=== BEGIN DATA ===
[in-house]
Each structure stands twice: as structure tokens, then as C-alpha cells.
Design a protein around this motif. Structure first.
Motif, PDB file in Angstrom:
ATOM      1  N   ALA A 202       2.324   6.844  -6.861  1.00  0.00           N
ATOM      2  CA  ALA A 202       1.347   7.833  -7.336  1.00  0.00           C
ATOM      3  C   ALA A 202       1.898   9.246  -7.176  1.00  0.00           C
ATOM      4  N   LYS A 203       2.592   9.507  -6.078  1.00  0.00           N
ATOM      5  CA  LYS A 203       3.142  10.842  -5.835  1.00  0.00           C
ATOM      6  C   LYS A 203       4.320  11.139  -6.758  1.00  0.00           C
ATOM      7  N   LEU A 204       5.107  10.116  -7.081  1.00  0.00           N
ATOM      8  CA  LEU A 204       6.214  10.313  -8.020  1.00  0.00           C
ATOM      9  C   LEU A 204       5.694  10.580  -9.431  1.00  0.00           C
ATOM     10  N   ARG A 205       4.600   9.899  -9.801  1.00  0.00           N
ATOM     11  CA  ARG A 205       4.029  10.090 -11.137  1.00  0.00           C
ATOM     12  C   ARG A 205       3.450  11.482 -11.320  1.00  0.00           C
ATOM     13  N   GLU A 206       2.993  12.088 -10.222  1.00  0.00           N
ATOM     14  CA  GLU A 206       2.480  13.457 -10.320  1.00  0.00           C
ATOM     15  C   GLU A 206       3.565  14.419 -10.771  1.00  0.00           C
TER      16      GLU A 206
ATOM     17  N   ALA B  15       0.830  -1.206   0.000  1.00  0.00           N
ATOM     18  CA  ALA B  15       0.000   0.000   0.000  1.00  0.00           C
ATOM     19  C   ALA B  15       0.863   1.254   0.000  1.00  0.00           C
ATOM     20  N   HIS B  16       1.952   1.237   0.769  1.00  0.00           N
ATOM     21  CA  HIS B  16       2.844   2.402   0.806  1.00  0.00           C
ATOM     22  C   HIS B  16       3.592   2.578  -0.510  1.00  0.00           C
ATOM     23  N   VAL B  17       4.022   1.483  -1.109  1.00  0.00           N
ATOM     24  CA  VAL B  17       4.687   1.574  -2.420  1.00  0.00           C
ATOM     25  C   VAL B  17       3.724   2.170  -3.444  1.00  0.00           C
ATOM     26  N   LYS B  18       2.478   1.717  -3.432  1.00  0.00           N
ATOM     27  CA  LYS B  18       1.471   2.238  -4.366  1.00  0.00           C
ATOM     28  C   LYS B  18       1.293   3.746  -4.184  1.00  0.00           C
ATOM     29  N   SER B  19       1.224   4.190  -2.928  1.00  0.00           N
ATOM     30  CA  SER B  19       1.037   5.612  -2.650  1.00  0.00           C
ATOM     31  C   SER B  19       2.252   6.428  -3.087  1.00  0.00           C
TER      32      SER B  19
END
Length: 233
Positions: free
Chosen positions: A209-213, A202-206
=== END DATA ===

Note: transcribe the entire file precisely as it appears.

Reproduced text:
[in-house]
Each structure stands twice: as structure tokens, then as C-alpha cells.
Design a protein around this motif. Structure first.
Motif, PDB file in Angstrom:
ATOM      1  N   ALA A 202       2.324   6.844  -6.861  1.00  0.00           N
ATOM      2  CA  ALA A 202       1.347   7.833  -7.336  1.00  0.00           C
ATOM      3  C   ALA A 202       1.898   9.246  -7.176  1.00  0.00           C
ATOM      4  N   LYS A 203       2.592   9.507  -6.078  1.00  0.00           N
ATOM      5  CA  LYS A 203       3.142  10.842  -5.835  1.00  0.00           C
ATOM      6  C   LYS A 203       4.320  11.139  -6.758  1.00  0.00           C
ATOM      7  N   LEU A 204       5.107  10.116  -7.081  1.00  0.00           N
ATOM      8  CA  LEU A 204       6.214  10.313  -8.020  1.00  0.00           C
ATOM      9  C   LEU A 204       5.694  10.580  -9.431  1.00  0.00           C
ATOM     10  N   ARG A 205       4.600   9.899  -9.801  1.00  0.00           N
ATOM     11  CA  ARG A 205       4.029  10.090 -11.137  1.00  0.00           C
ATOM     12  C   ARG A 205       3.450  11.482 -11.320  1.00  0.00           C
ATOM     13  N   GLU A 206       2.993  12.088 -10.222  1.00  0.00           N
ATOM     14  CA  GLU A 206       2.480  13.457 -10.320  1.00  0.00           C
ATOM     15  C   GLU A 206       3.565  14.419 -10.771  1.00  0.00           C
TER      16      GLU A 206
ATOM     17  N   ALA B  15       0.830  -1.206   0.000  1.00  0.00           N
ATOM     18  CA  ALA B  15       0.000   0.000   0.000  1.00  0.00           C
ATOM     19  C   ALA B  15       0.863   1.254   0.000  1.00  0.00           C
ATOM     20  N   HIS B  16       1.952   1.237   0.769  1.00  0.00           N
ATOM     21  CA  HIS B  16       2.844   2.402   0.806  1.00  0.00           C
ATOM     22  C   HIS B  16       3.592   2.578  -0.510  1.00  0.00           C
ATOM     23  N   VAL B  17       4.022   1.483  -1.109  1.00  0.00           N
ATOM     24  CA  VAL B  17       4.687   1.574  -2.420  1.00  0.00           C
ATOM     25  C   VAL B  17       3.724   2.170  -3.444  1.00  0.00           C
ATOM     26  N   LYS B  18       2.478   1.717  -3.432  1.00  0.00           N
ATOM     27  CA  LYS B  18       1.471   2.238  -4.366  1.00  0.00           C
ATOM     28  C   LYS B  18       1.293   3.746  -4.184  1.00  0.00           C
ATOM     29  N   SER B  19       1.224   4.190  -2.928  1.00  0.00           N
ATOM     30  CA  SER B  19       1.037   5.612  -2.650  1.00  0.00           C
ATOM     31  C   SER B  19       2.252   6.428  -3.087  1.00  0.00           C
TER      32      SER B  19
END
Length: 233
Positions: free
Chosen positions: A209-213, A202-206